• SUNY Oneonta Textbook Survey: Undergraduate Students’ Preferences and Behaviors on the Use of Textbooks and Course Materials

      Beck, Ed; Jensen, Jennifer; Strauss, Jade; Cordice-Little, Britney (2021)
      Textbooks represent the fastest growing price tag for college students among many rising college expenses. In addition, the market for course materials has become more complicated with the rise of rentals, digital textbooks, online homework systems, and a diverse world of vendors from which to choose. This poster describes the results of a student-led survey about undergraduate students’ preferences and behaviors related to the attainment and use of textbooks and course materials. The survey asked how SUNY Oneonta students are experiencing the impact of rising textbook costs and increasingly complicated decisions. We explore how those results can inform our campus Open Educational Resources (OER) Initiative and other SUNY student success programs.
    • Surviving Through Your SCARs: Humanistic Strategies for a World Gone Wild

      Green, Michael (2021)
      The aim of this work is to answer two questions: According to the humanities, what kind of world do we inhabit, and what strategies can the humanities provide for surviving and thriving in this world? We inhabit a world of volatility, uncertainty, complexity, and ambiguity, which in our current situation manifests itself in international instability due to the decline of Western empires, social instability due to racial conflicts, financial instability due to an unstable currency, and economic instability due to the transition into the Fourth Industrial Revolution. Such volatility creates emotional scars, and the humanistic strategies for managing these scars are Self-Reliance, Creative Problem Solving, Adaptability, and Resilience (SCARs).
    • Together We Grow: A Thriving Community Garden Initiative in the City of Oneonta

      Virk-Baker, Mandeep (2021)
      The City of Oneonta has a higher prevalence of food insecurity (12.0% vs. 10.5%), and a higher poverty rate (29.0% vs. 13.7%) as compared to the US. Majority of the city population (53%) lives in food desserts that are lacking access to fresh and healthful whole foods. Purpose of the project was to test the feasibility of Oneonta Community Gardens Initiative and provide opportunity for the residents to grow healthful and affordable fresh food and participate in creating green space. Methods: The City of Oneonta donated land and provided needed resources for the community garden. The garden is divided into 30 spaces and has options for handicap accessibility. Various stakeholders including local elected officials, city employees, residents, and local volunteer groups worked collaboratively for setting up the garden. The City of Oneonta created guidelines for organic-only gardening, and an application process for the residents to obtain permits for gardening at the community garden. Results: The Oneonta Community Gardens initiative began with 30 organic gardening spaces. A total of 12 households participated in 2018, and the participation increased to 22 households in 2019. The participation during the COVID19 pandemic reached its full capacity with 30 households in 2020, and 30 households participating for the 2021 gardening season. Conclusion: The initiative has been well received by the local community and demonstrates the feasibility of a successful community garden. The project could serve as an example for other cities and municipalities with high food insecurity and areas with high poverty rates.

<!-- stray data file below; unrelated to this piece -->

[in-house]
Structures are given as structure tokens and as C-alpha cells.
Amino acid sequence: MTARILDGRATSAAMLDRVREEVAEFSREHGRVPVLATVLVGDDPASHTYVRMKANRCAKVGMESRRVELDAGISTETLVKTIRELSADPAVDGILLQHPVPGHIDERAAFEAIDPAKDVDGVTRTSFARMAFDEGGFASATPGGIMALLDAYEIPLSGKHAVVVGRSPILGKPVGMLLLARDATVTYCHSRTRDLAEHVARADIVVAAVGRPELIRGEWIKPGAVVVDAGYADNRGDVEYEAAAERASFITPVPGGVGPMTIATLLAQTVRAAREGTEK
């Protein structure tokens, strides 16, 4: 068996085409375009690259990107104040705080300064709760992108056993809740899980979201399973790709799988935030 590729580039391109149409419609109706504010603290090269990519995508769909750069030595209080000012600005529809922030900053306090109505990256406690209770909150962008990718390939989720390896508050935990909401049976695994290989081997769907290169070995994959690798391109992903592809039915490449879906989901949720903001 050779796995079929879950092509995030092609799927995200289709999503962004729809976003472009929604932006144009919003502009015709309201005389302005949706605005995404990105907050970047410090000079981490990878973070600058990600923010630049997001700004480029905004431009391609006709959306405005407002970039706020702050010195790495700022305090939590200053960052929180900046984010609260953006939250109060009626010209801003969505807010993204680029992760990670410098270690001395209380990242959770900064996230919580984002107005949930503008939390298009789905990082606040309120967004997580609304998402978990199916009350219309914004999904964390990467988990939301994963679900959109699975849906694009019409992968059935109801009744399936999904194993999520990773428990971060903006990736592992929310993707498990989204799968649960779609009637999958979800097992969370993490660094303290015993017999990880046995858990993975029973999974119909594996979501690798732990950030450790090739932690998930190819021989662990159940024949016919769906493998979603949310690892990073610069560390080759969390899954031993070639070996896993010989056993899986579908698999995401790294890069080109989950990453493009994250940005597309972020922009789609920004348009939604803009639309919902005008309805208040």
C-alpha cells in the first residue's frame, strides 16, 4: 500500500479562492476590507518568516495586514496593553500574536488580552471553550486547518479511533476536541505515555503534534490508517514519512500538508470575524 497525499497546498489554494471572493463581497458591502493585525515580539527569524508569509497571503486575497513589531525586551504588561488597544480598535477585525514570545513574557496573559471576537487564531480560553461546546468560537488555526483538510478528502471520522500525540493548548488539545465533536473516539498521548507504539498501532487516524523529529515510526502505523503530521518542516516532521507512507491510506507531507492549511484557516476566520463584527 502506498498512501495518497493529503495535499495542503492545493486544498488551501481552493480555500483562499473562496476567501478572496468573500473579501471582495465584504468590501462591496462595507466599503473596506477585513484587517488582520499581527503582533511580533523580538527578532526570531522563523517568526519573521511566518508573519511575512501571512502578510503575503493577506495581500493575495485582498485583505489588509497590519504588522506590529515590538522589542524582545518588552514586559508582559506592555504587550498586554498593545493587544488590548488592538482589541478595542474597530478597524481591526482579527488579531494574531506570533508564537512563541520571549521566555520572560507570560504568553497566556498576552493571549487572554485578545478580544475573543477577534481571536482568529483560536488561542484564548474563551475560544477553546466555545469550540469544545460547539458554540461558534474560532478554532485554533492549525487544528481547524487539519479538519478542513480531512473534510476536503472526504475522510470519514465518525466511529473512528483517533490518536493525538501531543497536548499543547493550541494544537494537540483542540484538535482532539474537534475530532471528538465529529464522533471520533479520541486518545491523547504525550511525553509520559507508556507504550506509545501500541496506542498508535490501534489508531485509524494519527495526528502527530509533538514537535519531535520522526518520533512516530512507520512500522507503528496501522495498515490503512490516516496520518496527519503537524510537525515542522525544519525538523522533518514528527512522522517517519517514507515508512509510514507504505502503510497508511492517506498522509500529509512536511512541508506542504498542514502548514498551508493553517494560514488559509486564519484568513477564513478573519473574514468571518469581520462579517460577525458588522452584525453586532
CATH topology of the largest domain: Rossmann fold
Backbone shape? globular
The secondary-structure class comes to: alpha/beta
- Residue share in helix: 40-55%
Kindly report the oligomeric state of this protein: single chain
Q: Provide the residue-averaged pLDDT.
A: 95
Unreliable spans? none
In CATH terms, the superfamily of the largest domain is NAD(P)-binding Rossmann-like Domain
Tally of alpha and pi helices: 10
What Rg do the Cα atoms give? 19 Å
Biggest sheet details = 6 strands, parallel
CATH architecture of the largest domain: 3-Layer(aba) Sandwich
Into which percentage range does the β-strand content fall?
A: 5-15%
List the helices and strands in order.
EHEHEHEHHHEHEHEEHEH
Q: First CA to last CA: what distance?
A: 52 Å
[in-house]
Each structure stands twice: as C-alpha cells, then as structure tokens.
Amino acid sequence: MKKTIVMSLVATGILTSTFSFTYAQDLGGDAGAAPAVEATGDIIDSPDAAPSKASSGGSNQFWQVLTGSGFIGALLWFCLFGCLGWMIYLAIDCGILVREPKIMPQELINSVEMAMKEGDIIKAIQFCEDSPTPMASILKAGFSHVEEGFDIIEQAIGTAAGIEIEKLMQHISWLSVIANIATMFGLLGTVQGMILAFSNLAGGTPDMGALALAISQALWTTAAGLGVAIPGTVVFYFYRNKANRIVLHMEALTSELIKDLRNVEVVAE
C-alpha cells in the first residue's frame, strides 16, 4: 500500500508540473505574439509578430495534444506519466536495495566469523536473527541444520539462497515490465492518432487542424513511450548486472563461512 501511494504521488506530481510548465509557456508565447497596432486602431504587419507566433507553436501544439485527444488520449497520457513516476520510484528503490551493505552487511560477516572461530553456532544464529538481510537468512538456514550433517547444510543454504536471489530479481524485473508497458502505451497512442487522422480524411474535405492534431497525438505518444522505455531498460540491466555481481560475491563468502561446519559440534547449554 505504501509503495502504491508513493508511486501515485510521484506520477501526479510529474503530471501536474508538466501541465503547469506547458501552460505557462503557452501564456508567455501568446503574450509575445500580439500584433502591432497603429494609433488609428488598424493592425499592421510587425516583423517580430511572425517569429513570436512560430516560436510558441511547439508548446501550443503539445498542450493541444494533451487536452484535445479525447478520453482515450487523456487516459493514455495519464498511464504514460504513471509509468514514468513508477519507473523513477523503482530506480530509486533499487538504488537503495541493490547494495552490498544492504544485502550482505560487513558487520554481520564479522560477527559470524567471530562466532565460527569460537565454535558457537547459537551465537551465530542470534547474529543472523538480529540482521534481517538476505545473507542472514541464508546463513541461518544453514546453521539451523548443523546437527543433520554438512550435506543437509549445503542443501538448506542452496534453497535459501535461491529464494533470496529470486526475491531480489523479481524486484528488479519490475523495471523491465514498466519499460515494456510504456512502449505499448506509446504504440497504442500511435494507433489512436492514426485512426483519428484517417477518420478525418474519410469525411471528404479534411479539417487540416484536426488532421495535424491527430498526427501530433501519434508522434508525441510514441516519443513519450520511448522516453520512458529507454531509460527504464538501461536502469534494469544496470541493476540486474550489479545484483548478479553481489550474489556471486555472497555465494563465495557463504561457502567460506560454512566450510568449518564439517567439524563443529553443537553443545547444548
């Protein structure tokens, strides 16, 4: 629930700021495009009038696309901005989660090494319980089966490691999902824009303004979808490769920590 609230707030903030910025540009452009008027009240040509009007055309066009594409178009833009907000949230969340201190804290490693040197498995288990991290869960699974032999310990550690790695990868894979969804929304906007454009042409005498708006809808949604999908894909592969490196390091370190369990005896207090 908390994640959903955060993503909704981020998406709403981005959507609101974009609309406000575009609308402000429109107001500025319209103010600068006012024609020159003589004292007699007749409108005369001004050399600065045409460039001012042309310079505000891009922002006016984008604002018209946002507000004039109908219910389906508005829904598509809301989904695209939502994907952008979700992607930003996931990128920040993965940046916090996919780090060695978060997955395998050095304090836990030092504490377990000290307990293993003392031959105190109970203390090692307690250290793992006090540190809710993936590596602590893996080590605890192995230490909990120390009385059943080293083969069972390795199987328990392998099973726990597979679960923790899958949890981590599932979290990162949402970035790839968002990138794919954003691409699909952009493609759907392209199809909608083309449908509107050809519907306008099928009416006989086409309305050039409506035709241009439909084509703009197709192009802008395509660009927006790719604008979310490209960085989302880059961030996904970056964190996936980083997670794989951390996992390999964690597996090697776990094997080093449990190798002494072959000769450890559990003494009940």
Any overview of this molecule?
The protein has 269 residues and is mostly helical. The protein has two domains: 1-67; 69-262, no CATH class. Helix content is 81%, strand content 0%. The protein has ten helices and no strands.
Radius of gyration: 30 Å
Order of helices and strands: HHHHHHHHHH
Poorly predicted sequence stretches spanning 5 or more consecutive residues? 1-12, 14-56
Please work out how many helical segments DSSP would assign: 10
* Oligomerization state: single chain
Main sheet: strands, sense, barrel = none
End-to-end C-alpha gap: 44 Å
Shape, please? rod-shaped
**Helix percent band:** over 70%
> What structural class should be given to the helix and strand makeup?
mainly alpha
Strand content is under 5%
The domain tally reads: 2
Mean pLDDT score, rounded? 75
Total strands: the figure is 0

• What Is the SUNY Oneonta Faculty Fellows Program?

      Aucoin, Brendan; Bishop, Jacqueline S. (Bruscella); Fall, Leigh; Montoya, Maria (2021)
      The Faculty Fellows (previously called Administrative Fellows) Program is a pilot program in Academic Affairs that addresses faculty leadership, institutional needs, and collaboration. It provides professional development opportunities for those who are considering administrative roles, by developing focused projects. The projects are addressing SUNY Oneonta’s mission critical goals in experiential learning, student engagement and retention, and inclusivity/diversity. The faculty fellows are an interdisciplinary team that strengthen the roles and offices of the academic deans and library director by integrating the academic schools/units. The 2021-2022 cohort includes Brendan Aucoin (Milne Library), Jacqueline (Bruscella) Bishop (Communication and Media), Leigh M. Fall (Earth and Atmospheric Sciences), and Maria Cristina Montoya (Foreign Languages and Literatures). Brendan is working on a series of projects related to highlighting SUNY Oneonta research and scholarship in the Milne Library. Among these are the development of the Library Special Researcher program for students and creating more opportunities to showcase faculty scholarship in the library. Jackie is working on a series of interrelated initiatives centered on experiential learning. Through cross-campus collaborations. Jackie's project seeks to a) increase access to on-campus and local internship opportunities, b) improve student, faculty, and site-supervisor understanding and use of Handshake, and c) strengthen career readiness programming for students, particularly those studying in the liberal arts. Leigh is working on two projects for the School of Sciences. One project is researching mechanisms of how interdisciplinary and multidisciplinary courses and research happens within the school, highlighting potential barriers and opportunities. The other project is researching past and current STEM experiential learning opportunities to help faculty provide productive experiences for students. MC is working on three projects: first the internationalization of the School of EHESS, including a focus on Collaborative Online International Learning (COIL) as a platform; second, developing the curricula and partnerships for the Bilingual Education graduate program; third, diverse faculty retention.